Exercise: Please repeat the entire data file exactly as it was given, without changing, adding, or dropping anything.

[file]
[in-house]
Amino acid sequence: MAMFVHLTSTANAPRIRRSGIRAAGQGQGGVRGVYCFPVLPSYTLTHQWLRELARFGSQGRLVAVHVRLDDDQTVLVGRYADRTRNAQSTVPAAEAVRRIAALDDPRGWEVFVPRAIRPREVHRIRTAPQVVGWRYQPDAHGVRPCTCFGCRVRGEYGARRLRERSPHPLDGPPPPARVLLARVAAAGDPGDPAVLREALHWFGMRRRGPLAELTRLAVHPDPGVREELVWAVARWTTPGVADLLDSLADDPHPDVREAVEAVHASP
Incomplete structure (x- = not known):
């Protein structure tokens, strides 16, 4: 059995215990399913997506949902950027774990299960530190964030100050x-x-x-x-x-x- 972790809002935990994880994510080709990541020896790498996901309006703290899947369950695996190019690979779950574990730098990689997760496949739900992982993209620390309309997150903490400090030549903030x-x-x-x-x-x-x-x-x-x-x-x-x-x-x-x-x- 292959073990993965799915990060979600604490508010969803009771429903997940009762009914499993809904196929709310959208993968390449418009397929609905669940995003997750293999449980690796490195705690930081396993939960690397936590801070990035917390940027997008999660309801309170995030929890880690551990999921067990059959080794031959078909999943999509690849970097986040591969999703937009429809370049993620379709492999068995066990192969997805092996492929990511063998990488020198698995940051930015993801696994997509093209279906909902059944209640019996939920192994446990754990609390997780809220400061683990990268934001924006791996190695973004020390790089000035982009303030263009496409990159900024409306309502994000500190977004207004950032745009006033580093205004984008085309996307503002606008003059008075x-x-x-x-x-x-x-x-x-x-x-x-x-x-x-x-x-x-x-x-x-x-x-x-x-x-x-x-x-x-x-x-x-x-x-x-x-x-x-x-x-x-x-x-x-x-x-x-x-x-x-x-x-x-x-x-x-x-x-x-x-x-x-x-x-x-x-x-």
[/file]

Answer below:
[in-house]
Amino acid sequence: MAMFVHLTSTANAPRIRRSGIRAAGQGQGGVRGVYCFPVLPSYTLTHQWLRELARFGSQGRLVAVHVRLDDDQTVLVGRYADRTRNAQSTVPAAEAVRRIAALDDPRGWEVFVPRAIRPREVHRIRTAPQVVGWRYQPDAHGVRPCTCFGCRVRGEYGARRLRERSPHPLDGPPPPARVLLARVAAAGDPGDPAVLREALHWFGMRRRGPLAELTRLAVHPDPGVREELVWAVARWTTPGVADLLDSLADDPHPDVREAVEAVHASP
Incomplete structure (x- = not known):
């Protein structure tokens, strides 16, 4: 059995215990399913997506949902950027774990299960530190964030100050x-x-x-x-x-x- 972790809002935990994880994510080709990541020896790498996901309006703290899947369950695996190019690979779950574990730098990689997760496949739900992982993209620390309309997150903490400090030549903030x-x-x-x-x-x-x-x-x-x-x-x-x-x-x-x-x- 292959073990993965799915990060979600604490508010969803009771429903997940009762009914499993809904196929709310959208993968390449418009397929609905669940995003997750293999449980690796490195705690930081396993939960690397936590801070990035917390940027997008999660309801309170995030929890880690551990999921067990059959080794031959078909999943999509690849970097986040591969999703937009429809370049993620379709492999068995066990192969997805092996492929990511063998990488020198698995940051930015993801696994997509093209279906909902059944209640019996939920192994446990754990609390997780809220400061683990990268934001924006791996190695973004020390790089000035982009303030263009496409990159900024409306309502994000500190977004207004950032745009006033580093205004984008085309996307503002606008003059008075x-x-x-x-x-x-x-x-x-x-x-x-x-x-x-x-x-x-x-x-x-x-x-x-x-x-x-x-x-x-x-x-x-x-x-x-x-x-x-x-x-x-x-x-x-x-x-x-x-x-x-x-x-x-x-x-x-x-x-x-x-x-x-x-x-x-x-x-």